June 13, 2007

Year-by-Year: 2 AD

Quirinius advises Gaius. Tiberius gets back to Rome. And Caesar’s grandsons each face a fatal disaster.

In January, 2 AD, Jesus was 7 years and 7 months old.

In mid-April, Joseph & Mary went up to Jerusalem for Passover. This is the fifth year Jesus stays in Galilee by himself, because of Joseph’s feelings about Judea.

Archelaus was even calling himself “Herod” now. So Joseph made absolutely sure he couldn’t finish what his daddy tried to do – by killing Jesus!

By the way, this is Archelaus’ sixth Passover over Judea. So 2 AD is the 6th year of his rule.


The big events this year are all about Tiberius and his two step-sons, the Emperor’s heirs.

So let’s jump right into the action!


Gaius wintered in Antioch without a chief advisor for some time.

He’d made peace with Tigranes in Syria, and with Phrataces at the Euphrates, last year. So neither Armenia or Parthia was a threat, anymore. Since there wasn’t a war going on, Augustus let Gaius go awhile on his own.

And then war broke out, all over again!

By late winter, Tigranes died, fighting barbarians on his far-eastern border. Gaius sent the news to Augustus, and waited for instructions.

In Rome, Caesar got the news at the onset of Spring. Quickly, the Emperor picked a replacement King for Armenia, and a new advisor for Gaius. The new King was a Mede named Ariobarzanes. And the new advisor was a Proconsul who’d recently won a difficult war in the East, in Galatia!

Publius Sulpicius Quirinius sailed from Italy as soon as the weather was safe enough. He made it to Antioch, Syria by the end of May.

And so Quirinius introduced himself to Gaius Caesar.

By that time there was a new rebellion going on in Armenia. The Emperor’s instructions were for Gaius & Quirinius to march into Media and get Ariobarzanes (who’d spent time in Rome, with Augustus, at one time). Then, they had to march the Mede into Armenia and stay long enough to make sure the Armenians were going to support their new King.

Simple as mud, it was sure to fail.

What Augustus didn’t realize is that the Armenians would rebel as soon as they heard the new King was a Mede.

And Gaius was bound for disaster.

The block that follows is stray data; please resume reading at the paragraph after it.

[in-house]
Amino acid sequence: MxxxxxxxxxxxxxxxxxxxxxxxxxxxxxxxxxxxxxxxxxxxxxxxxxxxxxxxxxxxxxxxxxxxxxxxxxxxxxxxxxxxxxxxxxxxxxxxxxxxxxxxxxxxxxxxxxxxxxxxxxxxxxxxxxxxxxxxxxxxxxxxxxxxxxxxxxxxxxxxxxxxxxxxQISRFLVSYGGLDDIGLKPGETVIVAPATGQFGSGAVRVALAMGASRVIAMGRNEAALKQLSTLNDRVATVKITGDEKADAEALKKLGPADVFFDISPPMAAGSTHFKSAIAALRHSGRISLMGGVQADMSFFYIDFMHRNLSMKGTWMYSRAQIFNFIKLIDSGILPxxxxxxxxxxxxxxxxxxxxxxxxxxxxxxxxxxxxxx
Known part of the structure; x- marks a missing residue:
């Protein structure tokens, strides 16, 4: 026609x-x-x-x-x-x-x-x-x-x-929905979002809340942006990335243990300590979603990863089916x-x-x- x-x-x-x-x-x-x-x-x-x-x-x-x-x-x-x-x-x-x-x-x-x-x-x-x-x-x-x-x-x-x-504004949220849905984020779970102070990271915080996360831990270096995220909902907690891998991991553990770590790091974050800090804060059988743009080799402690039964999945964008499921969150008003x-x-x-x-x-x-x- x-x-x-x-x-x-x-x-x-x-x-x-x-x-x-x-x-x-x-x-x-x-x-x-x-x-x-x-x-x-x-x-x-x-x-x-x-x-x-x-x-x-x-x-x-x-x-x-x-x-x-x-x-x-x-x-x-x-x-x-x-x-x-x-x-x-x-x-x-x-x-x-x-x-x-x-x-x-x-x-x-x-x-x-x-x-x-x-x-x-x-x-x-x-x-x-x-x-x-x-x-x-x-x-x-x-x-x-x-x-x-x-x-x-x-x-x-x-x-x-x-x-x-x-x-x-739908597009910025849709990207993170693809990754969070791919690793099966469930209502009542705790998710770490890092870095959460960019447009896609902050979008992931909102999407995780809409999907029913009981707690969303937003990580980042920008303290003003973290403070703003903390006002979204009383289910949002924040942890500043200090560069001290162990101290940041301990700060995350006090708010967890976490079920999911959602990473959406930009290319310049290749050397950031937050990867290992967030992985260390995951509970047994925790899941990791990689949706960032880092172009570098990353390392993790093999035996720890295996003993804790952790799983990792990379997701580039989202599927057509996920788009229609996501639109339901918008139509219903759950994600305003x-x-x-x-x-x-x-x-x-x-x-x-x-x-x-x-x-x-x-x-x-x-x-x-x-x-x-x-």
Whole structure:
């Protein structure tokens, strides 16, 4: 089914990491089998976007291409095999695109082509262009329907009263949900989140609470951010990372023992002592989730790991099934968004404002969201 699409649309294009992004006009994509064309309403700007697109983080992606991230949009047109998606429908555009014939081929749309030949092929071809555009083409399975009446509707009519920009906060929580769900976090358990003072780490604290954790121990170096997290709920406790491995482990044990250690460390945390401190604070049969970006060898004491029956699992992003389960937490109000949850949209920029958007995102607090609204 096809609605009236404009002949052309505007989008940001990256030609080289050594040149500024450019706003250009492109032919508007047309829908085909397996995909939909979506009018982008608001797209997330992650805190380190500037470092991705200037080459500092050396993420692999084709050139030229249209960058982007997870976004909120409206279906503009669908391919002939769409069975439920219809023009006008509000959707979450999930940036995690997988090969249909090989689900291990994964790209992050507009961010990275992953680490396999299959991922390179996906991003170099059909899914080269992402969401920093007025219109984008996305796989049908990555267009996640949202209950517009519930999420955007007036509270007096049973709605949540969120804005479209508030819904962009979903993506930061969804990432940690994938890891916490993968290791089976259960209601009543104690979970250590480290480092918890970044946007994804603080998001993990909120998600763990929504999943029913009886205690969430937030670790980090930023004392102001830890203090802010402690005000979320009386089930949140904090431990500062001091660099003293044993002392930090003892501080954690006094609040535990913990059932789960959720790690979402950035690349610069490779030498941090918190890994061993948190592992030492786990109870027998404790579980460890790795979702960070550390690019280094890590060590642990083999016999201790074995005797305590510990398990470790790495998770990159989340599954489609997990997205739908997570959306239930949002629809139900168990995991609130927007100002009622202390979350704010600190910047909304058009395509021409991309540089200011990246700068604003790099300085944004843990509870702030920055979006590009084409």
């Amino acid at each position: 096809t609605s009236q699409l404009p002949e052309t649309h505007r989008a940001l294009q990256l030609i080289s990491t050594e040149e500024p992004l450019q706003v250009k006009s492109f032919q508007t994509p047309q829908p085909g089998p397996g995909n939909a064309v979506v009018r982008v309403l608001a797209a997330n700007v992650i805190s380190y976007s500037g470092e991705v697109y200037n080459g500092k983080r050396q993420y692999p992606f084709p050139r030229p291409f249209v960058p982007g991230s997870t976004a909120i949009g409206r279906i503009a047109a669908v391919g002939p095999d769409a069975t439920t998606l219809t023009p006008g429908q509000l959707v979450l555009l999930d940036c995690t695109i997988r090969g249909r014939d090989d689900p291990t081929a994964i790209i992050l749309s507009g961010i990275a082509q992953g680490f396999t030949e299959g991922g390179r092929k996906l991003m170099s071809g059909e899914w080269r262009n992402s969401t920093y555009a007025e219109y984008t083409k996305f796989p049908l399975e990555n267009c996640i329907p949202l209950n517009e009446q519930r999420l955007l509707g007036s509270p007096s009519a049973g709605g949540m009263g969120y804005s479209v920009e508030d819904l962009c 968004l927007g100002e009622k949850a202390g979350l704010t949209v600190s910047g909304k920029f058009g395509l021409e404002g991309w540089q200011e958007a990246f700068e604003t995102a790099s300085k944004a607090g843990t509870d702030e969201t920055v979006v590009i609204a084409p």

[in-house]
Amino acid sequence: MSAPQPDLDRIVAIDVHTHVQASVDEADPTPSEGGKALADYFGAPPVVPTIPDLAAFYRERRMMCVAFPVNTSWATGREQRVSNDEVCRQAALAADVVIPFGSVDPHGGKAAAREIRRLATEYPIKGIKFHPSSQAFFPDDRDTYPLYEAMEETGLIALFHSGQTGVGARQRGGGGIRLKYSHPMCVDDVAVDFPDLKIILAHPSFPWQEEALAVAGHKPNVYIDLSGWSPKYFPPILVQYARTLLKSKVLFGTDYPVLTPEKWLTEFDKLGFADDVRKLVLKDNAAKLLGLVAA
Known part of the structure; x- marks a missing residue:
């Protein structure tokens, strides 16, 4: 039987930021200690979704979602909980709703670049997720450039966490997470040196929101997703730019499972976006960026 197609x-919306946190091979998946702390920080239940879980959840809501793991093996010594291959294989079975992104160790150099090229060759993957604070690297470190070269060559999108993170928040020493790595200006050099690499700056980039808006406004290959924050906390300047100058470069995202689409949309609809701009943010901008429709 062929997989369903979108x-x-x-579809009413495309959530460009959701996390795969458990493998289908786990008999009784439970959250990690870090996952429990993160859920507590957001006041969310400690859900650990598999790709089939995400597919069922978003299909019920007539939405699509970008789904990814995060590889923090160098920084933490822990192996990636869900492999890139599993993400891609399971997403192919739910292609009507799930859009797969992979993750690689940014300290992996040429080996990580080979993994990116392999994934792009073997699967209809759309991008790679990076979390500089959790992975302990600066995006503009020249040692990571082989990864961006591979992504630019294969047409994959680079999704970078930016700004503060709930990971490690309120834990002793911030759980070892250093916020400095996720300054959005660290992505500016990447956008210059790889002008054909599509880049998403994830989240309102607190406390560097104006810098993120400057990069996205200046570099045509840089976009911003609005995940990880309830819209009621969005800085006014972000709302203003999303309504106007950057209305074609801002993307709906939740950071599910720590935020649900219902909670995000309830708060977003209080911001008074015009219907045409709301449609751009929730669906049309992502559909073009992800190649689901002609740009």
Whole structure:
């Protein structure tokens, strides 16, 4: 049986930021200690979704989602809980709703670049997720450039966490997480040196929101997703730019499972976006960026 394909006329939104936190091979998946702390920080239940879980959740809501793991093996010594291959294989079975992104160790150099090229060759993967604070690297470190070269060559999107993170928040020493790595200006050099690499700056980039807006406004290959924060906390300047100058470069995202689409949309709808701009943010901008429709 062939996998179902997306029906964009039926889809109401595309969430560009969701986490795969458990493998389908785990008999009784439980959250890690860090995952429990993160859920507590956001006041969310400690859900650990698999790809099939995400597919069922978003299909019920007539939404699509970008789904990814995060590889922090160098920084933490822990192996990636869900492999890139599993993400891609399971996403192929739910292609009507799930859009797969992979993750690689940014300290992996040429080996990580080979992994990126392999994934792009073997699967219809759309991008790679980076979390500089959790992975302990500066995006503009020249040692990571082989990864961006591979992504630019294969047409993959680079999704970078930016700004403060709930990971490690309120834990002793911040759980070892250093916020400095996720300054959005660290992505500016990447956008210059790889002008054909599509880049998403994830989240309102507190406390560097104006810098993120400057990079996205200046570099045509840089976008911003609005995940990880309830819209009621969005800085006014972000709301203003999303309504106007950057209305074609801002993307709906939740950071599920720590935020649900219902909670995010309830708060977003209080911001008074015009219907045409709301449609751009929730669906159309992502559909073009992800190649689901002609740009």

But before all that happened – before Gaius & Quirinius left Syria – the new chief advisor had news for his commander, young Caesar.


Quirinius had stopped on Rhoads, before he made it to Syria. And he’d seen Tiberius, there.

Somehow, Quirinius convinced Gaius that his stepfather was willing to live quietly in Rome. He told Gaius the things Tiberius admitted to Augustus (last year). And he advised the young Caesar that Lollius had probably made up the worst rumors, about the Exile.

Whatever finally did it, Gaius said okay.

The Emperor’s condition had been met. Tiberius could go home. And Quirinius suggested the young man should put it in writing to Augustus, before they marched East, into war.

This is NOT a small thing. And it’s thanks to Quirinius.

But exactly what happened next… is still a mystery!


Gaius & Quirinius marched into Media. They found Ariobarzanes and brought him along. They got to Armenia and announced he was King.

Then everything went crazy!

The Armenians revolted. A man named Addon became their leader, and wound up inside a city named Artagira. Then Gaius’ Legions besieged Artagira, with Addon inside it.
And here is the hard-to-believe part.

During the siege, Addon invited Gaius to come close to the wall and talk.
Gaius must not have known what an awful idea that was. Or else, maybe, he got some bad advice…

The Emperor-in-training went up to see Addon. The rebel king took out a hidden sword. And Gaius barely escaped, with a major wound.

The wound was large, bad, and nearly fatal. It was the kind of wound that takes a long time to heal, and threatens your life the whole time, until it heals.

Clearly, Gaius made a very bad decision.

It’s a real mystery how Quirinius ever let Gaius go up to that wall…


Meanwhile, at about the same time as Gaius got wounded, Livia was welcoming Tiberius back into Rome.

The Emperor’s step-son promised to stay out of public life. He moved to a smaller home, kept mostly to himself, and spent time with his natural son, Drusus, and his personal astrologer, Thrasyllus.

Shortly after Tiberius’ return, sad news came to Rome... but not about Gaius!

Augustus had sent his other grandson, Lucius, on a mission to Spain. The ship had stopped at Massilia, on the way. At that port, Lucius came down with a sudden, mysterious illness. And then he died.

It was shortly after this shocking news that Rome found out about Gaius, too. And since it all happened so close to Tiberius’ homecoming, people just naturally began to talk.

There were lots of rumors that Livia had something to do with it. But no one was ever quite able to prove it.

We only know one thing for sure, that Livia did this year.


Before winter, the Emperess of Rome paid a visit to the family of a poor, sad teenage girl.

The girl’s name was Amelia Lepida. She was sad because her husband-to-be had just died in Massilia, on his way to Spain! And since Livia had helped Augustus arrange the betrothal between Amelia & Lucius, it was Livia who felt bound to go offer comfort to the family, when Lucius died that Autumn.

By the way, Livia did encourage the family to find a new husband for young Amelia. And early next year, they’ll settle on someone. Actually, with Livia’s help, they’re going to pick a man who wasn’t even in Rome to meet the girl, when he agreed.

By early next year, Amelia Lepida is going to become engaged… to the Proconsul Quirinius!

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